Comedian Adam Conover ruins everything. No really, that’s the name of his TV show. He presents depressing facts about things we all thought were perfectly fine. (Example: You like avocados, right? Turns out buying Mexican avocados supports drug cartels.)
Adam is the type of guy with an intense desire to find the truth – and to tell everyone about it – whether or not they asked. He also has A LOT of opinions about food.
In other words, Dan may have found his soul mate.
This week, Adam debunks the benefits of vitamin supplements, the importance of breakfast, and bacon. You’ll also hear him sift fact from fiction on his new podcast, Factually with Adam Conover.
Clearly, Adam loves debunking myths. But is he changing peoples’ minds? What happens when someone challenges a belief that’s a big part of one's identity?
Adam and Dan probe that question in a discussion about confirmation bias. It’s the idea that we all tend to believe information that confirms our preexisting opinions. We seek out news sources that tell us we’re right, and when facts come along that contradict our opinions, we tend not to believe them. Most people, when confronted with a fact proving them wrong, tend to dig their heels in deeper and believe the wrong idea more. It's called the backfire effect.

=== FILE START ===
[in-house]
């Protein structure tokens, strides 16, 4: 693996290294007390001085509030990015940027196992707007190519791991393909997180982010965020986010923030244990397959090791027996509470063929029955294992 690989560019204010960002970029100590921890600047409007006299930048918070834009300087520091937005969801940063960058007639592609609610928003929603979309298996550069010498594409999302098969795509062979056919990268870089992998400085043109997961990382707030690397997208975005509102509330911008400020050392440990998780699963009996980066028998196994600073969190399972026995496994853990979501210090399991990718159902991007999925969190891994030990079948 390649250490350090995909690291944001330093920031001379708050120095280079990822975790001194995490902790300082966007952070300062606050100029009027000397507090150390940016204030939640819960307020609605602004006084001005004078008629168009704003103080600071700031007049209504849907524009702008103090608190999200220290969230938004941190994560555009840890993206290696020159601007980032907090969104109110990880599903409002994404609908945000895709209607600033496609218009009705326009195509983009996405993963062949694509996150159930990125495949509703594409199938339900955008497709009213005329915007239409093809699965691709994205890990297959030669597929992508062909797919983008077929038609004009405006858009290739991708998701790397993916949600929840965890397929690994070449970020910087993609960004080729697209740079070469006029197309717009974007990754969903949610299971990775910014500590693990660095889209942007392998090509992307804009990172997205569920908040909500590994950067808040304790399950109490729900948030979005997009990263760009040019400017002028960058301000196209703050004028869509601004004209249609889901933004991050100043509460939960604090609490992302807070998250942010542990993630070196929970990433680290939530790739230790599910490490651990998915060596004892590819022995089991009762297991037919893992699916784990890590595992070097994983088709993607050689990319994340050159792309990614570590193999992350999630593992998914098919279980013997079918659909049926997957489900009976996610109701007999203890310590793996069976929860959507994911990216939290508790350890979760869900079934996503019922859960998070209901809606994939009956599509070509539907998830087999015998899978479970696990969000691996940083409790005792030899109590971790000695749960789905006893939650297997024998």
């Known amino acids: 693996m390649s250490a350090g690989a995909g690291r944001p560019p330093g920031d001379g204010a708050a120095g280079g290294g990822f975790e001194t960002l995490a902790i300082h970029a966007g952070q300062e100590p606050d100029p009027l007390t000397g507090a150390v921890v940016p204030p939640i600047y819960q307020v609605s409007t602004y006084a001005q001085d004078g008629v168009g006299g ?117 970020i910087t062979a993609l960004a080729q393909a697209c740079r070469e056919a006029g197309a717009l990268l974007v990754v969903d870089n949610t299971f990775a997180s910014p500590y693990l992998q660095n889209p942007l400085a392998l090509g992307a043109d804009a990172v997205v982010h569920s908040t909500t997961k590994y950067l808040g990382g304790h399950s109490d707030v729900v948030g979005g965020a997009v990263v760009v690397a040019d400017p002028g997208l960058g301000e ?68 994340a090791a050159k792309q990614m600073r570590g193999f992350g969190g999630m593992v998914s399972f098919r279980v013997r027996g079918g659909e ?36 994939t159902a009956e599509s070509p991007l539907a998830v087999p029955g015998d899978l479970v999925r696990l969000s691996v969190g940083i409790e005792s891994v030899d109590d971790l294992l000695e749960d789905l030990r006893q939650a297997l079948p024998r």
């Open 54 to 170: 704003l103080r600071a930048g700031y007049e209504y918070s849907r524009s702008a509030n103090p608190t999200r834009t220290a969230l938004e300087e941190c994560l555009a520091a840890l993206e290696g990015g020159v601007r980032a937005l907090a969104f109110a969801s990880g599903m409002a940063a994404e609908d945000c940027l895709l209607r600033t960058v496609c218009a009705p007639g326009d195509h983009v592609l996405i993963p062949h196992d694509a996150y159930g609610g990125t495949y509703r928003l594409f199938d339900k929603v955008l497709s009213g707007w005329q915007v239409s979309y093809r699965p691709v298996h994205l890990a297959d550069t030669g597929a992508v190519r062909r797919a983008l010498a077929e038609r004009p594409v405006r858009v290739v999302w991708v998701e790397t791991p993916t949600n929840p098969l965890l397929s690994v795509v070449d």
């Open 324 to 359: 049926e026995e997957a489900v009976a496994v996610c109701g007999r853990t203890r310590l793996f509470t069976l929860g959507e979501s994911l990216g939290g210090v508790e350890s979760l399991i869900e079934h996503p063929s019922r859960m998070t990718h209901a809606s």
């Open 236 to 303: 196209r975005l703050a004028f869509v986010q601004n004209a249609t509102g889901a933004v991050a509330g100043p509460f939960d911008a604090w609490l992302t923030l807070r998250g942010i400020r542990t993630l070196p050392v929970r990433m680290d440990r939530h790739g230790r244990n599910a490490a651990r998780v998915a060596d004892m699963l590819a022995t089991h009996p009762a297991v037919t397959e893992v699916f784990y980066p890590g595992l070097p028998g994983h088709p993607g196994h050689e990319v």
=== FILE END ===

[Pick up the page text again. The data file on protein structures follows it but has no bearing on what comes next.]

What's that, you think you're too smart to fall prey to the backfire effect? And the mere mention of it only makes you more sure you don't do it? Well you just proved our point.
Adam and Dan chat about their own confirmation biases, gender roles in the kitchen, and along the way, hit on celebrated foods they enjoy making, like Adam's favorite no-knead bread.
UPDATE (5/23/19): In this episode we talk about the backfire effect -- the idea that when people are confronted with facts that contradict their opinions, they tend to believe those incorrect opinions MORE. As it turns out, researchers have been unable to replicate the backfire effect in later studies -- so it may not be true. But confirmation bias is still very much real. So it's still the case that we tend to more readily believe information that confirms our preexisting opinions, while being more skeptical of anything that tells us we're wrong. So the essence of Adam and Dan's conversation holds up. Thanks to listener Alexios Mantzarlis for pointing this out.
Interstitial music in this show by Black Label Music:
- "Stacks" by Erick Anderson
- "Cracker Jack" by Ken Brahmstedt
- "Soul Good" by Lance Conrad
- "Give It Up" by Stephen Clinton Sullivan
- "Party Hop" by Jack Ventimiglia
Photo courtesy of Adam Conover.